In addition to the hypnotic inevitability bogging things down, Aster’s characters are not particularly well-drawn and the relationships are extremely thin. Like Toni Collette’s devastated mother in Hereditary, Pugh portrays a woman ravaged by grief and pain, leaving her vulnerable to the machinations of outside forces. It is an electrifying high-wire performance, with the young British actress flickering throughout the spectrum of discomfort and pain before our eyes – it’s no mystery why the promotional artwork features her tear-streaked face in close-up, as it is the film’s greatest special effect. However, unlike Collette’s Annie, Dani is a portrait of shattered inaction – she simply floats along as her allies abandon and/or fail her, letting her course be guided by others. While it’s completely understandable given her plight, it doesn’t provide much in the way of dramatic tension.


Similarly, her one-foot-out-the-door boyfriend Christian is another example of infuriating passivity – we learn in the opening sequence that he’s ready to end this three-year relationship, but feels obligated to stick it out when Dani’s life implodes. But his lack of investment is felt and echoed by the by the audience; how can we care about these two when we know there is no THERE there? As we watch the young couple slowly being undone in this faraway village, there is no sense of loss because they were undone from the outset. If anything, it’s just another opportunity to exhibit Dani’s role as Life’s emotional punching bag.


Harper is compelling as Josh, the resident enthusiast for pagan European and Scandinavian rituals, but he’s relegated to providing the occasional bit of exposition and when Christian reveals that he is also going to do his thesis on the Harga, it feels a bit manufactured, designed to create mini-drama so that Harper has something to do. By contrast, Poulter is simply there to be the ridiculous Ugly American, vaping away and commenting on how hot all the Swedish chicks are. Blomgren’s sweet and beguiling demeanor as the welcoming host for his friends is charming at first, but as these end up being the only notes his character plays, it – again – proves unsatisfying.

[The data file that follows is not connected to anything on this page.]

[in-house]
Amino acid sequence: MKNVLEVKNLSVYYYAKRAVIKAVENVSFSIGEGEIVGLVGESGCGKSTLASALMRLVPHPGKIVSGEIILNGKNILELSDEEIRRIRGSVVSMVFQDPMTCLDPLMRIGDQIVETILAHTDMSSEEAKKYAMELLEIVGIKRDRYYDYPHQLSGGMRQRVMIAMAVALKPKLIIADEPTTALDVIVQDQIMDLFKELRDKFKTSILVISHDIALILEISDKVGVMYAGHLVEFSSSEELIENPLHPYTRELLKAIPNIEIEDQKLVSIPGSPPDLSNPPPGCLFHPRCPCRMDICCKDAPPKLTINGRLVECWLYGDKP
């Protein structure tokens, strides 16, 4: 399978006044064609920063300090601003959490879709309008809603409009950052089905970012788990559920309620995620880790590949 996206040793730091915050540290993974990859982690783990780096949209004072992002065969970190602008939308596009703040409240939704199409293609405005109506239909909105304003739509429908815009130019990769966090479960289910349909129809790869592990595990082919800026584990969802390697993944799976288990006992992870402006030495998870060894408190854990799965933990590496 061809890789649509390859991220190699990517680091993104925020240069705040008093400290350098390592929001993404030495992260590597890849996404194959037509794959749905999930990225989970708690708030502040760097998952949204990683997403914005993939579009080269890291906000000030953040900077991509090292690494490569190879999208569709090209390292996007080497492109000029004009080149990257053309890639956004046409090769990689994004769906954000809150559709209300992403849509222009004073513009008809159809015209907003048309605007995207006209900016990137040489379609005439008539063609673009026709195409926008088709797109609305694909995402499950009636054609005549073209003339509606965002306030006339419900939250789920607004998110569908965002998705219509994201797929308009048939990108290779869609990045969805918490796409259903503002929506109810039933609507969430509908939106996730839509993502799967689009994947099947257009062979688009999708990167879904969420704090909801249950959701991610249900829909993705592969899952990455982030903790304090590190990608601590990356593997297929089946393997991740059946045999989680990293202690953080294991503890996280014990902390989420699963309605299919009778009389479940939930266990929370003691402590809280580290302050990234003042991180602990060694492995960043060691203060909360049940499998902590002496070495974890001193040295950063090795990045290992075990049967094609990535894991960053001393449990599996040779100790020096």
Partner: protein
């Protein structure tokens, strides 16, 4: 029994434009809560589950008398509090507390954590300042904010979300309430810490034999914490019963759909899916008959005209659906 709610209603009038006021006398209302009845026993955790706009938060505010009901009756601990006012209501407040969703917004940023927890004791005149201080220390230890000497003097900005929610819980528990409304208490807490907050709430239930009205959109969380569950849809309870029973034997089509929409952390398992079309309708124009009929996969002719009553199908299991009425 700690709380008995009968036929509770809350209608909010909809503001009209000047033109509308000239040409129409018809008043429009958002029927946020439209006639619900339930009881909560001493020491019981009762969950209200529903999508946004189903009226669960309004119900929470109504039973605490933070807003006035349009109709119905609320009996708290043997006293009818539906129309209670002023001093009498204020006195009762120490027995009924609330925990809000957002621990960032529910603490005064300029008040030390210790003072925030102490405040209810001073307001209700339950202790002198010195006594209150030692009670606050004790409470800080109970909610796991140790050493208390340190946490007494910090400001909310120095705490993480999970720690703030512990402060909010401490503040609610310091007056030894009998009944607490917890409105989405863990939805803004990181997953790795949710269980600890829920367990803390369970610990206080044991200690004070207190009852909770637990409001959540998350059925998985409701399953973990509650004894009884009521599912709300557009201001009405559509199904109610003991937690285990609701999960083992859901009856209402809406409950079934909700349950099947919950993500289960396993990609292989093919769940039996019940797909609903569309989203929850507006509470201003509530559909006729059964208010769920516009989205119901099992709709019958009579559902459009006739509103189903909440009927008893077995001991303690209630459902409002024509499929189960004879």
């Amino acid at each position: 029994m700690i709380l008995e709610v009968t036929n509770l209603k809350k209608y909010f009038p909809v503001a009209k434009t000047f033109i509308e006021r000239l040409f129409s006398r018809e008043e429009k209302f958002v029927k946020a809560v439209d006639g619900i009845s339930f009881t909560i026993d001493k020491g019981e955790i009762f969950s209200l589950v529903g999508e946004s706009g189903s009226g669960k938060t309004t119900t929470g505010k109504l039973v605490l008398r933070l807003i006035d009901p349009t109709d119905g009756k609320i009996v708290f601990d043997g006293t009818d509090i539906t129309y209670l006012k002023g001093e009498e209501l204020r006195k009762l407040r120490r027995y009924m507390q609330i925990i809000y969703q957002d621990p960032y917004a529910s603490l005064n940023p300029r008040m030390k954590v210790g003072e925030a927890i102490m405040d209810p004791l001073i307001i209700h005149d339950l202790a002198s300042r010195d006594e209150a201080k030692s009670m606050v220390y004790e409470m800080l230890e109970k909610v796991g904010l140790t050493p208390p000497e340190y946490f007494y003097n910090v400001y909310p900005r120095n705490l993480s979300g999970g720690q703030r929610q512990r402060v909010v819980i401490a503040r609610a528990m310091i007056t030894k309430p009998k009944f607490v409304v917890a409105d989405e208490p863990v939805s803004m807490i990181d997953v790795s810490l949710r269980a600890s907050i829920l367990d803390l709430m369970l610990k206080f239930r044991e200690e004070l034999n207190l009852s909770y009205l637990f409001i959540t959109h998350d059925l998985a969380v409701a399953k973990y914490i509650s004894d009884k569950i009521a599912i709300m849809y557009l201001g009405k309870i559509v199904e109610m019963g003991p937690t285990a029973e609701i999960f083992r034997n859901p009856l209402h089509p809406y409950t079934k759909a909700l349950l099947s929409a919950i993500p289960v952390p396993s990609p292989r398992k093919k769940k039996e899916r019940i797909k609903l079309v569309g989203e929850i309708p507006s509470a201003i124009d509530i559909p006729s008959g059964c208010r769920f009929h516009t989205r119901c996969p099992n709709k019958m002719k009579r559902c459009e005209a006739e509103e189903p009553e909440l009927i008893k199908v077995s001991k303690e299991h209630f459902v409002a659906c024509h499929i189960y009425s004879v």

All of which leads to the film’s biggest challenge: By unreservedly committing to NOT delivering a Wicker Man retread, Aster consistently, doggedly downplays or subverts the traditional horror tropes. We do not have the hero or heroine struggling to escape the village or being chased by the locals through the woods or even having the elders quietly and/or malevolently explain their motives. This is all to the good, because we have seen all that before, and it’s refreshing to witness an artist pushing against the norm. However, it’s not enough to simply dodge the conventions; one must replace them with something equally compelling and this is where Midsommar leaves me wanting.


As in Hereditary, there are several shocking moments of flinch-worthy physical violence and gore (and one notable plot twist toward the end), but the steadily mounting sense of dread and suspense are somehow muted this time around. Not to say they are completely absent, because there is rarely a relaxed moment and something is always happening to move the narrative forward, but it never achieves the butt-clenching fear and terror generated in Aster’s first outing (itself a reworking of Rosemary’s Baby, The Exorcist, and other genre classics). There is a sense of poetic fate throughout, and I suspect that I will appreciate it further on subsequent viewings, but as with Suspiria 2018, there is often a sense of wanting so badly to be appreciated as a Serious Horror Offering that it forgets to actually frighten us in the process.


Ultimately, I ended up admiring Midsommar more than enjoying it, but there’s no denying that Aster is an artist to watch, one whose journey has only begun.

BONUS FEATURES:

Let the Festivities Begin: Manifesting Midsommar (25 min)

"Bear in a Cage" Promo (1 min, and very funny)


Midsommar is available now on Blu-ray and DVD from Lionsgate and can be ordered via most retail platforms.